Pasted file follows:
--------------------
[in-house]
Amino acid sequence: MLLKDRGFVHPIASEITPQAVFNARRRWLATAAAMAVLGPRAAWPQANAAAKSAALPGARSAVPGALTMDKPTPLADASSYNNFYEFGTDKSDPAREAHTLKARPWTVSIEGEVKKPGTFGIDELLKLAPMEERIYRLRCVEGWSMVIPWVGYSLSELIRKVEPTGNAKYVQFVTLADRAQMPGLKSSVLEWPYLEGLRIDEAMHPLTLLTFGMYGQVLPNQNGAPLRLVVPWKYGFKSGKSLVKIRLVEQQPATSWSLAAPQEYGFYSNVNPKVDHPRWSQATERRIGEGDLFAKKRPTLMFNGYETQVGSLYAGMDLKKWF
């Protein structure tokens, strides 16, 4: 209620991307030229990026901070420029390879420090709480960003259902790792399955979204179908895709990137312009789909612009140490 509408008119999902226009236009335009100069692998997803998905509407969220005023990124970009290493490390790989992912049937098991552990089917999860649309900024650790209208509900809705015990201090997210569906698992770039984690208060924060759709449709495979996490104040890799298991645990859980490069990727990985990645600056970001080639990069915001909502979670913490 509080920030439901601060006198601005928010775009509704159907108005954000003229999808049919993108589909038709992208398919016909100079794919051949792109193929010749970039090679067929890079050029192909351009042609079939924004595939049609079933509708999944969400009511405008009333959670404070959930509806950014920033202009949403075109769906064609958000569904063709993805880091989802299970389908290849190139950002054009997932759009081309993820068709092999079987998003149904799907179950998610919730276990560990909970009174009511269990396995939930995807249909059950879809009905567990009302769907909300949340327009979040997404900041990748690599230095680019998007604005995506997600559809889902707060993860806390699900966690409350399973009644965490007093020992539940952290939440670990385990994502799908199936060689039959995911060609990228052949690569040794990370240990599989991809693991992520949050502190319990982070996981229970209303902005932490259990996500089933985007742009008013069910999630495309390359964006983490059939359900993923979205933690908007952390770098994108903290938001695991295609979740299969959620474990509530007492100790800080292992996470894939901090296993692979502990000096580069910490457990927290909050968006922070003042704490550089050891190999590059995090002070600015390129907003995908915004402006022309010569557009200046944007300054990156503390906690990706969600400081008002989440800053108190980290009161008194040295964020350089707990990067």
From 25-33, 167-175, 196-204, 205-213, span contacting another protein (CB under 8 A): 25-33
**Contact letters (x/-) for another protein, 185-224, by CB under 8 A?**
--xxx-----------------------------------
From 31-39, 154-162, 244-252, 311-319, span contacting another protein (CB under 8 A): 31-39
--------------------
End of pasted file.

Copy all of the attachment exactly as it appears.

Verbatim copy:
[in-house]
Amino acid sequence: MLLKDRGFVHPIASEITPQAVFNARRRWLATAAAMAVLGPRAAWPQANAAAKSAALPGARSAVPGALTMDKPTPLADASSYNNFYEFGTDKSDPAREAHTLKARPWTVSIEGEVKKPGTFGIDELLKLAPMEERIYRLRCVEGWSMVIPWVGYSLSELIRKVEPTGNAKYVQFVTLADRAQMPGLKSSVLEWPYLEGLRIDEAMHPLTLLTFGMYGQVLPNQNGAPLRLVVPWKYGFKSGKSLVKIRLVEQQPATSWSLAAPQEYGFYSNVNPKVDHPRWSQATERRIGEGDLFAKKRPTLMFNGYETQVGSLYAGMDLKKWF
């Protein structure tokens, strides 16, 4: 209620991307030229990026901070420029390879420090709480960003259902790792399955979204179908895709990137312009789909612009140490 509408008119999902226009236009335009100069692998997803998905509407969220005023990124970009290493490390790989992912049937098991552990089917999860649309900024650790209208509900809705015990201090997210569906698992770039984690208060924060759709449709495979996490104040890799298991645990859980490069990727990985990645600056970001080639990069915001909502979670913490 509080920030439901601060006198601005928010775009509704159907108005954000003229999808049919993108589909038709992208398919016909100079794919051949792109193929010749970039090679067929890079050029192909351009042609079939924004595939049609079933509708999944969400009511405008009333959670404070959930509806950014920033202009949403075109769906064609958000569904063709993805880091989802299970389908290849190139950002054009997932759009081309993820068709092999079987998003149904799907179950998610919730276990560990909970009174009511269990396995939930995807249909059950879809009905567990009302769907909300949340327009979040997404900041990748690599230095680019998007604005995506997600559809889902707060993860806390699900966690409350399973009644965490007093020992539940952290939440670990385990994502799908199936060689039959995911060609990228052949690569040794990370240990599989991809693991992520949050502190319990982070996981229970209303902005932490259990996500089933985007742009008013069910999630495309390359964006983490059939359900993923979205933690908007952390770098994108903290938001695991295609979740299969959620474990509530007492100790800080292992996470894939901090296993692979502990000096580069910490457990927290909050968006922070003042704490550089050891190999590059995090002070600015390129907003995908915004402006022309010569557009200046944007300054990156503390906690990706969600400081008002989440800053108190980290009161008194040295964020350089707990990067």
From 25-33, 167-175, 196-204, 205-213, span contacting another protein (CB under 8 A): 25-33
**Contact letters (x/-) for another protein, 185-224, by CB under 8 A?**
--xxx-----------------------------------
From 31-39, 154-162, 244-252, 311-319, span contacting another protein (CB under 8 A): 31-39